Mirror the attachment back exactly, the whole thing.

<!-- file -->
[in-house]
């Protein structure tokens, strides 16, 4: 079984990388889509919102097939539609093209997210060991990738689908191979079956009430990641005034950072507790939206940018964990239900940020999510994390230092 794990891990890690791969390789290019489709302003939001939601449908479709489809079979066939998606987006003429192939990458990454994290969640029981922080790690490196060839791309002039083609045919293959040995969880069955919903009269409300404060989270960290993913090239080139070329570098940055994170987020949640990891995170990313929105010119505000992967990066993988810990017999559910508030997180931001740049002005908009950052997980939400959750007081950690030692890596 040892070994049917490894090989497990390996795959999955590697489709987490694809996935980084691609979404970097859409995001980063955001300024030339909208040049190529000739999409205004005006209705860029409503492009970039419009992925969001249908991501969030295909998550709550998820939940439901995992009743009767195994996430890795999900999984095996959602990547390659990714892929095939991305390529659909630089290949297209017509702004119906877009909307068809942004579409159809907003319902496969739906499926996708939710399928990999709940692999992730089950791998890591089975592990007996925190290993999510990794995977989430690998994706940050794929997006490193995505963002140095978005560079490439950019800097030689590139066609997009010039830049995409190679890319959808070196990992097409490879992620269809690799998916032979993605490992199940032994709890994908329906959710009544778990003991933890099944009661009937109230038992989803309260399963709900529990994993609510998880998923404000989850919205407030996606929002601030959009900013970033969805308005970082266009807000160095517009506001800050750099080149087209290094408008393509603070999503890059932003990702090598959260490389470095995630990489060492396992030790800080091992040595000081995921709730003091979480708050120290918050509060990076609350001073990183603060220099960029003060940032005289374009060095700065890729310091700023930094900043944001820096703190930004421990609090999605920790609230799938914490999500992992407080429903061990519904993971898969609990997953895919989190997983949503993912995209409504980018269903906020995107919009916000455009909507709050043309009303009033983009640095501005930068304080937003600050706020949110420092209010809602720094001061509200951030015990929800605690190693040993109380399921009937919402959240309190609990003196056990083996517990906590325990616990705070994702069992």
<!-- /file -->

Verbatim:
[in-house]
């Protein structure tokens, strides 16, 4: 079984990388889509919102097939539609093209997210060991990738689908191979079956009430990641005034950072507790939206940018964990239900940020999510994390230092 794990891990890690791969390789290019489709302003939001939601449908479709489809079979066939998606987006003429192939990458990454994290969640029981922080790690490196060839791309002039083609045919293959040995969880069955919903009269409300404060989270960290993913090239080139070329570098940055994170987020949640990891995170990313929105010119505000992967990066993988810990017999559910508030997180931001740049002005908009950052997980939400959750007081950690030692890596 040892070994049917490894090989497990390996795959999955590697489709987490694809996935980084691609979404970097859409995001980063955001300024030339909208040049190529000739999409205004005006209705860029409503492009970039419009992925969001249908991501969030295909998550709550998820939940439901995992009743009767195994996430890795999900999984095996959602990547390659990714892929095939991305390529659909630089290949297209017509702004119906877009909307068809942004579409159809907003319902496969739906499926996708939710399928990999709940692999992730089950791998890591089975592990007996925190290993999510990794995977989430690998994706940050794929997006490193995505963002140095978005560079490439950019800097030689590139066609997009010039830049995409190679890319959808070196990992097409490879992620269809690799998916032979993605490992199940032994709890994908329906959710009544778990003991933890099944009661009937109230038992989803309260399963709900529990994993609510998880998923404000989850919205407030996606929002601030959009900013970033969805308005970082266009807000160095517009506001800050750099080149087209290094408008393509603070999503890059932003990702090598959260490389470095995630990489060492396992030790800080091992040595000081995921709730003091979480708050120290918050509060990076609350001073990183603060220099960029003060940032005289374009060095700065890729310091700023930094900043944001820096703190930004421990609090999605920790609230799938914490999500992992407080429903061990519904993971898969609990997953895919989190997983949503993912995209409504980018269903906020995107919009916000455009909507709050043309009303009033983009640095501005930068304080937003600050706020949110420092209010809602720094001061509200951030015990929800605690190693040993109380399921009937919402959240309190609990003196056990083996517990906590325990616990705070994702069992």